Meeting author Tamara Winfrey-Harris was not a coincidence—it was fate. The first encounter with the author and public relations professional was during a panel for up-and-coming authors looking to get published. Winfrey-Harris was amongst a group of published authors talking about their experiences in the publishing industry whether good or bad.
Before talking about her latest book, The Sisters Are Alright, Winfrey-Harris talked about her experience and steps leading to becoming a published author with a traditional publishing company. Talking about her book was simply the icing on the cake and it opened up my world tremendously.
Already feeling broken and less than in corporate America, reading The Sisters Are Alright was the prequel to much needed dialogue I would have with myself and my sister friends.
“This book was a combination of the work I had been doing for the last decade. I found myself gravitating towards telling black women’s stories because I feel that our stories aren’t told enough.” Winfrey-Harris said when describing what made her want to start most of the dialogue and conversations that derive the book.
In a society that tends to dim a light on women who aren’t married, particularly black women, The Sisters Are Alright aimed to convey that black women whether by choice or fate can and do have very successful and happy lives.
Winfrey-Harris did a very admirable job with telling the story of black women’s lives amongst a very diverse group of women. The book includes anecdotes and recollections from younger, middle-aged and older women who all provided very transparent and authentic recollections of their past.
As a millennial living in a society where we can truly say girls run the world, as Beyoncé very eloquently sang in her 2011 hit song, Run The World (Girls) there is still one topic that can’t seem to cease—marriage.
Although women, particularly black women have come far by crushing many of the social stigmas, marriage is still a very relevant topic that can leave many black women feeling inadequate if she isn’t married by a certain age.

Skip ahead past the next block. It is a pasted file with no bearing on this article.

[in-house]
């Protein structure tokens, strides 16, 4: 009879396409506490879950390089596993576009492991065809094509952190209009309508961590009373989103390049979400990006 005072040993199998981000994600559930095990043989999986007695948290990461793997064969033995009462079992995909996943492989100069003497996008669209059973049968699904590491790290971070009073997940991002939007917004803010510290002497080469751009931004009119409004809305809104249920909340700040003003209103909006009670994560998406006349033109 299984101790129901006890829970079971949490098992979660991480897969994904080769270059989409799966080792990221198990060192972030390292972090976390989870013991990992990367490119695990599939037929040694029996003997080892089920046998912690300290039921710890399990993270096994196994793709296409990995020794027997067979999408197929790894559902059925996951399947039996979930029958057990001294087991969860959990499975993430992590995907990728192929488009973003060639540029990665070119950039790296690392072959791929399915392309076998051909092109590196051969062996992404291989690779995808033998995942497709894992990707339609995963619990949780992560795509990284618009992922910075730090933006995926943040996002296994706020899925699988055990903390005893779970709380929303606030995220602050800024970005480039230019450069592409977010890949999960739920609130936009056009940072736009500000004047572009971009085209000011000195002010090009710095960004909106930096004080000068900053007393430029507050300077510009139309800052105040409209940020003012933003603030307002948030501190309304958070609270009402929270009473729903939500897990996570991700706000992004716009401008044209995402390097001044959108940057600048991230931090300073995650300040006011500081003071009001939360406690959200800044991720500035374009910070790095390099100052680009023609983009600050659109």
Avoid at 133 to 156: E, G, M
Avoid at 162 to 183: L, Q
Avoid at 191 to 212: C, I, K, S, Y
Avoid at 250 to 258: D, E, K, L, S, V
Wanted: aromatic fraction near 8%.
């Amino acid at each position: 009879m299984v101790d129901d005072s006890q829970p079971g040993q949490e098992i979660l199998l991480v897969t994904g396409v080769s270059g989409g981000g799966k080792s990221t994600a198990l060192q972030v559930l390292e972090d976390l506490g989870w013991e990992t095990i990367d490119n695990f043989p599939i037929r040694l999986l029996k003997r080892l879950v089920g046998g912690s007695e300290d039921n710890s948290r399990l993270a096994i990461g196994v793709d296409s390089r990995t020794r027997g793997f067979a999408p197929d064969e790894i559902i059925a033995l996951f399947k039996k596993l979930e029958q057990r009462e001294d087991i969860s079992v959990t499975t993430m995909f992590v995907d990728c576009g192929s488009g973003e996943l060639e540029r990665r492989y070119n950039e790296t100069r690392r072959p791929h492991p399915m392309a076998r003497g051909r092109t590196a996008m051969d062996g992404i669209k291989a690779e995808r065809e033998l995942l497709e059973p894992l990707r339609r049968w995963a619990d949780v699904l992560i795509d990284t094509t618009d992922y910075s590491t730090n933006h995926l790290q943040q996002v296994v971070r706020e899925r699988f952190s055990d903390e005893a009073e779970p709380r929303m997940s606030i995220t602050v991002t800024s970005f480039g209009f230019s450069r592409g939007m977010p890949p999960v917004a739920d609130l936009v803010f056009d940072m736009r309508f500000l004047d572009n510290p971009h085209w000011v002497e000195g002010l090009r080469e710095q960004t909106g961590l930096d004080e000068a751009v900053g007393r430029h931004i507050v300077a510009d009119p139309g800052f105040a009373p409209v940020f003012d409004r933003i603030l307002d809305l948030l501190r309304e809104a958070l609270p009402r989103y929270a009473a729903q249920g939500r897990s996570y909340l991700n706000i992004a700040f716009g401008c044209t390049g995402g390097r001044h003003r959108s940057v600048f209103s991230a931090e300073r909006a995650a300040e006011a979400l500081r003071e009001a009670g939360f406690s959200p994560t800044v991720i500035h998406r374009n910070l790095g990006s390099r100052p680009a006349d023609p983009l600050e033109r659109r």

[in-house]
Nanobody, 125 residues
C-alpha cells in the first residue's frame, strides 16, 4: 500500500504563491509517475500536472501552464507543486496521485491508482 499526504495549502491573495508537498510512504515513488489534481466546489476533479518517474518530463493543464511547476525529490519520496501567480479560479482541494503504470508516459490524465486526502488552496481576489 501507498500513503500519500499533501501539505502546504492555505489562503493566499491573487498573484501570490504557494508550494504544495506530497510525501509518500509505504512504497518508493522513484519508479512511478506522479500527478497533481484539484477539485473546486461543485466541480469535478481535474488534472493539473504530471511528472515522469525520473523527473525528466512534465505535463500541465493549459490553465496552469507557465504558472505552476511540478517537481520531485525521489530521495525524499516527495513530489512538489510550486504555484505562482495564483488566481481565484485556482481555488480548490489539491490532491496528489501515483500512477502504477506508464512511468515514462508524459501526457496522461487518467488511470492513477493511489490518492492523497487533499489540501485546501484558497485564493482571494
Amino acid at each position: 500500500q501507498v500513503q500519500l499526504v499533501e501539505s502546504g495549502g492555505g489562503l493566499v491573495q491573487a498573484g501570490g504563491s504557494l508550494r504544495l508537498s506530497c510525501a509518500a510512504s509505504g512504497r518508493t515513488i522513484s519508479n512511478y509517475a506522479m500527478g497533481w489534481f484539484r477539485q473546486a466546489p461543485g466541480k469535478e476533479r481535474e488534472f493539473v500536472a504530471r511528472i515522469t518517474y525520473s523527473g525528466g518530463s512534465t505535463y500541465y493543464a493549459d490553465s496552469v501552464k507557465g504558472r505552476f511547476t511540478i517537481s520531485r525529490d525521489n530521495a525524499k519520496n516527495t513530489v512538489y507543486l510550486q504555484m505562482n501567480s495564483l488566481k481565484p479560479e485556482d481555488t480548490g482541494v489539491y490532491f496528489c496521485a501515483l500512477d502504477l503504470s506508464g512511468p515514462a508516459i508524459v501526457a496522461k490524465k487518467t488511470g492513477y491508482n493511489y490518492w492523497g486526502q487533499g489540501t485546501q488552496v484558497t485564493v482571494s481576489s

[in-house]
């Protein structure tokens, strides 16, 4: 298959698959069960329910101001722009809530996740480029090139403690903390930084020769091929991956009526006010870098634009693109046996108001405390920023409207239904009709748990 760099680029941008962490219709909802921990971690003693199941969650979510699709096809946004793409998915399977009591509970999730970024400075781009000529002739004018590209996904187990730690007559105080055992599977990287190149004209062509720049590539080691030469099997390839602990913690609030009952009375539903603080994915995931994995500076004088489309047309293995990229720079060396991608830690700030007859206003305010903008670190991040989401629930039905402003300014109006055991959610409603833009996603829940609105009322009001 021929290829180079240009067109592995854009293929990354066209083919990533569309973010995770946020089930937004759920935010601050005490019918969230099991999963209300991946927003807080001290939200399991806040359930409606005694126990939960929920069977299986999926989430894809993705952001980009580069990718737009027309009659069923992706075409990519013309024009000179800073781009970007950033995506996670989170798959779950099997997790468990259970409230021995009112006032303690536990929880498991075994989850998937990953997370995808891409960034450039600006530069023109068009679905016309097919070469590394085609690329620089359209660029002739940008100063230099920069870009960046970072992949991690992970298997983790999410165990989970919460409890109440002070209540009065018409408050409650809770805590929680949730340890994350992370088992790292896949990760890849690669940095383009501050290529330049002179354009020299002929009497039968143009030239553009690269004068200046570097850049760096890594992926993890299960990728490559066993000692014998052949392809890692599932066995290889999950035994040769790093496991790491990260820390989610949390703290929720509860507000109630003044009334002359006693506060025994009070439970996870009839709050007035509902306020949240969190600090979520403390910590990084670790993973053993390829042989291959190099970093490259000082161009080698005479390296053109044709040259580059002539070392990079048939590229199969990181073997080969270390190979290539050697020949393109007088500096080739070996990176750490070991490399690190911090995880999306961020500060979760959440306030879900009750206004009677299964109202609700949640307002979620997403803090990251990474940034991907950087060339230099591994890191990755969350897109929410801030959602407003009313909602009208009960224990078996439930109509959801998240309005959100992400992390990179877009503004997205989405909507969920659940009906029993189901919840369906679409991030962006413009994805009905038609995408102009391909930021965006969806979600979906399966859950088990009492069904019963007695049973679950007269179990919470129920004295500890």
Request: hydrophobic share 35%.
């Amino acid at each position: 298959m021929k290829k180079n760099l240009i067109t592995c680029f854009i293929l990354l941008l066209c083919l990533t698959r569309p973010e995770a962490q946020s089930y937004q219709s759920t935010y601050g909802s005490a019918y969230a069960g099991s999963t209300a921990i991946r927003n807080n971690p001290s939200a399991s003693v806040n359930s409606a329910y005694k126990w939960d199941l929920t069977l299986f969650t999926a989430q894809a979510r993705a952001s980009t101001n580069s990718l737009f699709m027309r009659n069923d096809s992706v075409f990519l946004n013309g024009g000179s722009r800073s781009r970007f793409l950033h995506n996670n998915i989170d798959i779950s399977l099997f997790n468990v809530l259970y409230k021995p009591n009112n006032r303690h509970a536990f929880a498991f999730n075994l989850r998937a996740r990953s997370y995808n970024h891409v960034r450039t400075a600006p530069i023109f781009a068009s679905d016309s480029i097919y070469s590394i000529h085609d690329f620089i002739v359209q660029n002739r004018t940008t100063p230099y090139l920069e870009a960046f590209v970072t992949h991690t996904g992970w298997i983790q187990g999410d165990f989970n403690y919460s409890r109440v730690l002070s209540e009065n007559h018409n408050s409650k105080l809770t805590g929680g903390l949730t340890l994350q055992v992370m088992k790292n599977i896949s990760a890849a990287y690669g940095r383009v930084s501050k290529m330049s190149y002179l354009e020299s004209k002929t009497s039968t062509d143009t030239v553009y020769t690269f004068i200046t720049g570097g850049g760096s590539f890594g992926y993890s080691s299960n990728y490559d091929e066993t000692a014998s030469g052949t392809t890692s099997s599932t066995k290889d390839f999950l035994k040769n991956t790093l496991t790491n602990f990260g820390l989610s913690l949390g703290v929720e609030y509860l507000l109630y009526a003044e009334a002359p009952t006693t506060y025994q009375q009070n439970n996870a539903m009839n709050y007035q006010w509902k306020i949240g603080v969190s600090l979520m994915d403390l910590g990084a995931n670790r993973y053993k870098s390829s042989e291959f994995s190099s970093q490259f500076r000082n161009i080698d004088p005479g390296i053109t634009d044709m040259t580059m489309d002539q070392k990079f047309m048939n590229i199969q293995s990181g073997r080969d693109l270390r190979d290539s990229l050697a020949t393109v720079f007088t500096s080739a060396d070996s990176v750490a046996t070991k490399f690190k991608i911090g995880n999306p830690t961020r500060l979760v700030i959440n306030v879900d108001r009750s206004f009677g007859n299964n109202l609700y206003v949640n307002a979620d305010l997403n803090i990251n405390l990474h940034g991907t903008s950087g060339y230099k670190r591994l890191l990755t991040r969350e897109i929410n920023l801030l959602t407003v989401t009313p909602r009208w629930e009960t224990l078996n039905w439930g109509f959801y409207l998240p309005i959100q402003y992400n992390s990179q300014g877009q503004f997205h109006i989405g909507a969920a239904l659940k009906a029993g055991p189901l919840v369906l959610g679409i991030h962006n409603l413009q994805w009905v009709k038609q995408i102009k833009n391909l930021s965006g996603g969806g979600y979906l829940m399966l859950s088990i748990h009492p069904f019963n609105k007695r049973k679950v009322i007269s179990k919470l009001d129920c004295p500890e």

When describing why she believes there is such a stigma surrounding black women in particular on the topic of marriage, Winfrey-Harris believes its sexism.
“There is a long history of single women being demonized by society because society believes women should be nurturing, help mates to men and mothering.” said Winfrey-Harris.
Winfrey-Harris also brings up a very valid point that much of research that has been done in conjunction with black women, it always circles back to single black mothers and there is never acknowledgement of how hard single black mothers work in order to properly care for her home.
After reading The Sisters Are Alright I put the book down feeling refreshed. The book gave me a sense of accomplishment as I stopped and realized that as a young black woman, I have accomplished a lot throughout my career but social stigmas was making me feel less than.
Feeling adequate and knowing that you are alright is one thing that Winfrey-Harris wants women to learn and walk away feeling especially after reading her book.
“I believe (black women) have so much negative propaganda thrown at us. We are not invincible. You can’t help but to feel some of the things society says about us. I think the best thing to knock down some of that is by having strong relationships with other black women.” said Winfrey-Harris.
For more information about The Sisters Are Alright and the author, visit www.tamarawinfreyharris.com/en/cms.
You can also stay up to date with Tamara Winfrey-Harris on social media at the following: